An unplanned pregnancy can be quite a shock. If you’ve just taken an at-home pregnancy test, you might be unsure of what to think when you see those two lines come up.
For many women, an unplanned pregnancy can be the scariest moment of their lives. If you’ve just found out that you’re between 5–8 weeks pregnant, you might be unsure of what to do next. The good news is that you’re still very early in your pregnancy, which means that you have plenty of time to think about what to do when you’re 5 weeks pregnant and don’t want the baby. In this article, we’ll go over the stages of your pregnancy, what your options are, and more to help you make the best decision for you. No matter what you decide to do, remember that this decision is entirely up to you.
To start, here is some information about your baby at the second month.
Your Baby’s Development at 5–8 Weeks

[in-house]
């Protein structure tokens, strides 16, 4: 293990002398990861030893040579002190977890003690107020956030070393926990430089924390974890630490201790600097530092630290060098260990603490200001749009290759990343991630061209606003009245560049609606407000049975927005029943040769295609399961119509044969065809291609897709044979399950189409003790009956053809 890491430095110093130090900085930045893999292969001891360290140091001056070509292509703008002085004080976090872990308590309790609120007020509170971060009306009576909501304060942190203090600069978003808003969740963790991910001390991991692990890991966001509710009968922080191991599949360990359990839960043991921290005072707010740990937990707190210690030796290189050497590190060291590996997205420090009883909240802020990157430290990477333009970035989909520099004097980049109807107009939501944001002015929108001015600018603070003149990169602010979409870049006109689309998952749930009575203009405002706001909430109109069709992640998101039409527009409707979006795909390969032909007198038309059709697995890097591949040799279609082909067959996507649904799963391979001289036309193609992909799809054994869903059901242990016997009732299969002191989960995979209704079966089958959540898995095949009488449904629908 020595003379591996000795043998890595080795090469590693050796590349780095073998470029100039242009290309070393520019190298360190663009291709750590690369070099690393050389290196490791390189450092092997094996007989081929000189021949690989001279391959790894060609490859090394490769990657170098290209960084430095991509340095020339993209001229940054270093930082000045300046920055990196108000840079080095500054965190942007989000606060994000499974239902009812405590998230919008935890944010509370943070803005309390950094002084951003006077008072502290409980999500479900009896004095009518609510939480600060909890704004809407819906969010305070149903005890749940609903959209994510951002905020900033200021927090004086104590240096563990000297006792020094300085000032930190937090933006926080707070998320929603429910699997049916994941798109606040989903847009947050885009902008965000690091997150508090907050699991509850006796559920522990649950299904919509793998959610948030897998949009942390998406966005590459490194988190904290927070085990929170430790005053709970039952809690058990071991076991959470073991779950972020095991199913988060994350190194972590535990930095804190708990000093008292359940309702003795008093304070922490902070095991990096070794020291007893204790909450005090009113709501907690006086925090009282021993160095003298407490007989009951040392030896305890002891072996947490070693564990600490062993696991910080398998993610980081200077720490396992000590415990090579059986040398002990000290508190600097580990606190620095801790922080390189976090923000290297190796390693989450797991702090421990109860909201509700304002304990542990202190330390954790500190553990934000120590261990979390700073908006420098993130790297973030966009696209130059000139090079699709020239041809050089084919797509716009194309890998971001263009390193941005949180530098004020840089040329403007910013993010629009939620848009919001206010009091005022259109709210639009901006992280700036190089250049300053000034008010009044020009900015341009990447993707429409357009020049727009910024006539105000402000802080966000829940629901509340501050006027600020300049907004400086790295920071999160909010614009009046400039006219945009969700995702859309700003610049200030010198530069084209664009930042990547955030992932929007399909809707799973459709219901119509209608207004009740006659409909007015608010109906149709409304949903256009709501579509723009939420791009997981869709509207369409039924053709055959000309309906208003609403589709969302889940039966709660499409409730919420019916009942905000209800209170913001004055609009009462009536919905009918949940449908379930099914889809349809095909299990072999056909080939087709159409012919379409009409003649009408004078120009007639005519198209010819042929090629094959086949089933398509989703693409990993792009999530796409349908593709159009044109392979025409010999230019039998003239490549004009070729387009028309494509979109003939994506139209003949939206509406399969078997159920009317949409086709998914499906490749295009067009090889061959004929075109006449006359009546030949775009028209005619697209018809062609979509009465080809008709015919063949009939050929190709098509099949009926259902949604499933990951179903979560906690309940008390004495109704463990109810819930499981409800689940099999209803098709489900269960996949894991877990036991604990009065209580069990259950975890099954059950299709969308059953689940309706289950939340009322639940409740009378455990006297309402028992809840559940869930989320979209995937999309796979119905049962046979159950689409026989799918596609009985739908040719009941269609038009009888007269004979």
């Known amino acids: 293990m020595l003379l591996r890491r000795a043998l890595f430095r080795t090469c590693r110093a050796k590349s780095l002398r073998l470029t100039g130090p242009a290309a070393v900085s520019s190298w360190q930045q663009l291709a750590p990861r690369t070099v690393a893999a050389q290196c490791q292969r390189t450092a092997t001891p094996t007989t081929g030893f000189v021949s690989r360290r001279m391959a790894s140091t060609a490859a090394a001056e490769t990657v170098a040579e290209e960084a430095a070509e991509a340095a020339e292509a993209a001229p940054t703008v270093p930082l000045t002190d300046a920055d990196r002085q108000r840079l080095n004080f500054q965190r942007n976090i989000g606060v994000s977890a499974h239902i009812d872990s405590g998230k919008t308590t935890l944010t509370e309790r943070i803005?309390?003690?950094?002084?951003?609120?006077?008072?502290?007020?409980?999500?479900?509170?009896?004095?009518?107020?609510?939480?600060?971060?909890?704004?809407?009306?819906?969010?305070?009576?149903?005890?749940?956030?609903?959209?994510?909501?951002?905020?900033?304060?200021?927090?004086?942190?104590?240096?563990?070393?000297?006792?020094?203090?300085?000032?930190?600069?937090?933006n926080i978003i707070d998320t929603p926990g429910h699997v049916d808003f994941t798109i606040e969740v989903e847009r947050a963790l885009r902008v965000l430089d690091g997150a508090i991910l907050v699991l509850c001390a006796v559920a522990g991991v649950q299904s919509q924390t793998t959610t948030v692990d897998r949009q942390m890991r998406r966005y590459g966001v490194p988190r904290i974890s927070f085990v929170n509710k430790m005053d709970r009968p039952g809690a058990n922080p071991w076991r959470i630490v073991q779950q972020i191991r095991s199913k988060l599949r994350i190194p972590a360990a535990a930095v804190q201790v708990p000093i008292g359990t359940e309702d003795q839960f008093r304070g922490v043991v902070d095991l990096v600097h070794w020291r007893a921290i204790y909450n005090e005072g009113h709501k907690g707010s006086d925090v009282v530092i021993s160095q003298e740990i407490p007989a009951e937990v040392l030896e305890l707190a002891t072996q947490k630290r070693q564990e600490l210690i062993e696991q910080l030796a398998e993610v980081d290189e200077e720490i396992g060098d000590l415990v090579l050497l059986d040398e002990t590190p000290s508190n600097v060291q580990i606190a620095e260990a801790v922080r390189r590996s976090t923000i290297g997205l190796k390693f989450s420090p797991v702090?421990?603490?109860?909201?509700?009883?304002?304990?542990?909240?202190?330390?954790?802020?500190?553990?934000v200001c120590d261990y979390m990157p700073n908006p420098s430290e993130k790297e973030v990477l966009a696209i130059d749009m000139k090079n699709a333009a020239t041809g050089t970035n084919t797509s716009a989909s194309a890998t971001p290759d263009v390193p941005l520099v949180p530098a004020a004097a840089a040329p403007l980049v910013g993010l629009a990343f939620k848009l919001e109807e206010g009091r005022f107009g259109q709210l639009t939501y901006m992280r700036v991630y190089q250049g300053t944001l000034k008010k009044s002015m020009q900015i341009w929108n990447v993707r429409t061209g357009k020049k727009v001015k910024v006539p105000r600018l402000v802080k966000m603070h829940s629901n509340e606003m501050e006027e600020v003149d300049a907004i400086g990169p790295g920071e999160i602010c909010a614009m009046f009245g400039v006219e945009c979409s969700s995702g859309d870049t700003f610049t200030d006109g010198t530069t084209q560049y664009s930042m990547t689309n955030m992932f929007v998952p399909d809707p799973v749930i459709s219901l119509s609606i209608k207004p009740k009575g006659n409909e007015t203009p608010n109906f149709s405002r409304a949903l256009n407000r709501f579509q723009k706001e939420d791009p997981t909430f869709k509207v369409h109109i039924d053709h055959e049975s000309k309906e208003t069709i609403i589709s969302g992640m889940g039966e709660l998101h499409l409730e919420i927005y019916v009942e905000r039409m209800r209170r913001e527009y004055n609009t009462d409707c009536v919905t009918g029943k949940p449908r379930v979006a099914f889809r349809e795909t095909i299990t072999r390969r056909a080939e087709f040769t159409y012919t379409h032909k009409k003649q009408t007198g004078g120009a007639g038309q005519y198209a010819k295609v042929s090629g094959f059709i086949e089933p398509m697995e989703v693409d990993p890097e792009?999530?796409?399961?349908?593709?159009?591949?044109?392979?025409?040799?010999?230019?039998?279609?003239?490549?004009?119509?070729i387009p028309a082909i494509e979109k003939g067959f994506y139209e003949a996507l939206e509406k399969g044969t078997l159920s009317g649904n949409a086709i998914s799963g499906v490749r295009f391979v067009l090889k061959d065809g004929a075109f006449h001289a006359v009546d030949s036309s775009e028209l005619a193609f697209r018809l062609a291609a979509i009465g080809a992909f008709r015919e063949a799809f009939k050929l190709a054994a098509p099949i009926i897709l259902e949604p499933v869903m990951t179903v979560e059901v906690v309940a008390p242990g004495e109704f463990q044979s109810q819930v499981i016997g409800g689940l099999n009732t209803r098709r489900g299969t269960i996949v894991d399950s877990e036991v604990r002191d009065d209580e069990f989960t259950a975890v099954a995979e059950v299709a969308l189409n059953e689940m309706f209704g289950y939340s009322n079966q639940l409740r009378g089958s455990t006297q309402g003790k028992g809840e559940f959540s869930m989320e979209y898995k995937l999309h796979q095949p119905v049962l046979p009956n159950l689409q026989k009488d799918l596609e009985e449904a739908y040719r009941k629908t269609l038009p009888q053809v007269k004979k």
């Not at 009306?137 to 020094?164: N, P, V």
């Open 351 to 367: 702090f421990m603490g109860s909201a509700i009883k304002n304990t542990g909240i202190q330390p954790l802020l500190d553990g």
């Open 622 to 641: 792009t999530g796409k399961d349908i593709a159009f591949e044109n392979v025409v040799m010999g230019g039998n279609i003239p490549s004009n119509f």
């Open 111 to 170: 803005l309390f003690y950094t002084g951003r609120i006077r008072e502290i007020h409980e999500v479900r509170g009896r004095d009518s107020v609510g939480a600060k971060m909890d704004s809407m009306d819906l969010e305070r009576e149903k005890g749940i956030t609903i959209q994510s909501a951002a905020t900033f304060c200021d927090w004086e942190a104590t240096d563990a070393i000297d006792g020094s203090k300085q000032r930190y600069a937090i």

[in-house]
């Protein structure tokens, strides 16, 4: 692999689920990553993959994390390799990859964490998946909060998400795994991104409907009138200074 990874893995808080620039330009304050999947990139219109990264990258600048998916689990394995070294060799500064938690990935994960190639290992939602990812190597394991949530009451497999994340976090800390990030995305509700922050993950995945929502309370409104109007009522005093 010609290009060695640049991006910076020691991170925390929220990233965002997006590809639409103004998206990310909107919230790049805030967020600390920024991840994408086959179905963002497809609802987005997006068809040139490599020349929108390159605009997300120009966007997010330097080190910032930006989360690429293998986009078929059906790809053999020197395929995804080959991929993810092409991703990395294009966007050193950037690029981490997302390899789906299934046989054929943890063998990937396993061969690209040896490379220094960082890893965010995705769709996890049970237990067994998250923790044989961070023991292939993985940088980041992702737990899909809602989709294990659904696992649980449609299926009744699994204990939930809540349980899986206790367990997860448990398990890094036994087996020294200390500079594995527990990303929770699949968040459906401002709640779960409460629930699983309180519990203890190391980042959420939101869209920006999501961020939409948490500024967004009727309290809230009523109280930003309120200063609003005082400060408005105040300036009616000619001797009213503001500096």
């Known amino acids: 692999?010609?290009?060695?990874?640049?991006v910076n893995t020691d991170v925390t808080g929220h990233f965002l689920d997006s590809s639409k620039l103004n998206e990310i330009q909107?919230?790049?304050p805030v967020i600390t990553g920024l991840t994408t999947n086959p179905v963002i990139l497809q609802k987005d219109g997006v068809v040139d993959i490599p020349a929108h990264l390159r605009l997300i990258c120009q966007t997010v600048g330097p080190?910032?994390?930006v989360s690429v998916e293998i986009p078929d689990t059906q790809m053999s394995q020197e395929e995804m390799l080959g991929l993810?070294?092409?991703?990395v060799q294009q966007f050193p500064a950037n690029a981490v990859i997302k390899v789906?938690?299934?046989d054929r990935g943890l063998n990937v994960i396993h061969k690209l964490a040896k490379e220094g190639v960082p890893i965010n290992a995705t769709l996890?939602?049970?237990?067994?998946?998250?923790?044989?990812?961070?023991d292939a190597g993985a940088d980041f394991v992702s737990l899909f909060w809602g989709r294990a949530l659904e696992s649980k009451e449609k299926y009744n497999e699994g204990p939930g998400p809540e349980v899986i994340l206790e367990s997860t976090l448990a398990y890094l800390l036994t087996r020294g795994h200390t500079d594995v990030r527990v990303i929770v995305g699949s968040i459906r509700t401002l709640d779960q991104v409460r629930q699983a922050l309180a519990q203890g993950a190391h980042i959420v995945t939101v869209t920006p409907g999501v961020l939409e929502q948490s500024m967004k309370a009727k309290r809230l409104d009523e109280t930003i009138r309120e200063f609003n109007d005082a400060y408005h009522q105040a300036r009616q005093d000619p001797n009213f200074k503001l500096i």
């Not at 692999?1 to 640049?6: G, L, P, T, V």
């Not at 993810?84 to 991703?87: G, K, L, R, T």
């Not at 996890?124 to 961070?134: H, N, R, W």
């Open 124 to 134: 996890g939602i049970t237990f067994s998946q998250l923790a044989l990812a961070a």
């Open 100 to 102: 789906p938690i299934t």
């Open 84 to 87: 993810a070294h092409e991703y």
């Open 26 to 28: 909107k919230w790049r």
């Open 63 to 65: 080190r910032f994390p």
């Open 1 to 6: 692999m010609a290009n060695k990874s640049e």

It’s been a few weeks since you’ve conceived, so you might be a little curious about what’s happening in your body. At this point, you’re still in the early pregnancy stage, but common pregnancy symptoms associated with pregnancy will start to become a lot more noticeable. So, if you didn’t really feel pregnant last month, you most likely will now.
If you’ve just found out that you’re pregnant, the first thing you should do is reach out to your doctor if you’re 6 weeks pregnant and don’t want the baby. Looking for information on the internet is the great place to start, but it can’t replace sound medical advice. No matter what you decide to do about your unplanned pregnancy, you need to take care of your body, and your doctor will be the best person to reach out to.
During the first two months, here are some changes that are happening in your body:
- 5 Weeks: Usually, most women realize that they’re pregnant at 5-6 weeks, but sometimes it could be even earlier. At about 5 weeks is the time most women find out their pregnant, because you’ve probably missed your period! Common pregnancy symptoms like nausea, fatigue, sore breasts and cramps will be a little harder to ignore.